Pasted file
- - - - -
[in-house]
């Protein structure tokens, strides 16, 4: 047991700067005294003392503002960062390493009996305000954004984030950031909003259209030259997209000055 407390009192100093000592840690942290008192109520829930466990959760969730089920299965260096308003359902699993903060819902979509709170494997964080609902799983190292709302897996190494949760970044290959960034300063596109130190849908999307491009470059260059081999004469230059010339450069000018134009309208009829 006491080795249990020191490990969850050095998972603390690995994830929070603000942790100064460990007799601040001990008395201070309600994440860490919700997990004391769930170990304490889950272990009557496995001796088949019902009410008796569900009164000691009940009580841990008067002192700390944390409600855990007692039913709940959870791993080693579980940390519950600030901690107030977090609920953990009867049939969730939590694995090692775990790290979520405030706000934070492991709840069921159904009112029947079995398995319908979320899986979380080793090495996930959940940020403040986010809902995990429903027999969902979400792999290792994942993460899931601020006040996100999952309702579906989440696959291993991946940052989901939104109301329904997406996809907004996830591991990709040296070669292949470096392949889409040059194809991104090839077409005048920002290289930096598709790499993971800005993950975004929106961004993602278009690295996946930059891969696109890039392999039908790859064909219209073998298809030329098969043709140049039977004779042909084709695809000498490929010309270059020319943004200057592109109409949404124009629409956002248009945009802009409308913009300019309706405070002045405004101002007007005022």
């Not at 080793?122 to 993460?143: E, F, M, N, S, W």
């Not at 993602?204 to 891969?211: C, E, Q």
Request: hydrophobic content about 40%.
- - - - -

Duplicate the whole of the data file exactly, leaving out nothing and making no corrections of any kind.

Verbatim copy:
[in-house]
């Protein structure tokens, strides 16, 4: 047991700067005294003392503002960062390493009996305000954004984030950031909003259209030259997209000055 407390009192100093000592840690942290008192109520829930466990959760969730089920299965260096308003359902699993903060819902979509709170494997964080609902799983190292709302897996190494949760970044290959960034300063596109130190849908999307491009470059260059081999004469230059010339450069000018134009309208009829 006491080795249990020191490990969850050095998972603390690995994830929070603000942790100064460990007799601040001990008395201070309600994440860490919700997990004391769930170990304490889950272990009557496995001796088949019902009410008796569900009164000691009940009580841990008067002192700390944390409600855990007692039913709940959870791993080693579980940390519950600030901690107030977090609920953990009867049939969730939590694995090692775990790290979520405030706000934070492991709840069921159904009112029947079995398995319908979320899986979380080793090495996930959940940020403040986010809902995990429903027999969902979400792999290792994942993460899931601020006040996100999952309702579906989440696959291993991946940052989901939104109301329904997406996809907004996830591991990709040296070669292949470096392949889409040059194809991104090839077409005048920002290289930096598709790499993971800005993950975004929106961004993602278009690295996946930059891969696109890039392999039908790859064909219209073998298809030329098969043709140049039977004779042909084709695809000498490929010309270059020319943004200057592109109409949404124009629409956002248009945009802009409308913009300019309706405070002045405004101002007007005022």
């Not at 080793?122 to 993460?143: E, F, M, N, S, W």
């Not at 993602?204 to 891969?211: C, E, Q």
Request: hydrophobic content about 40%.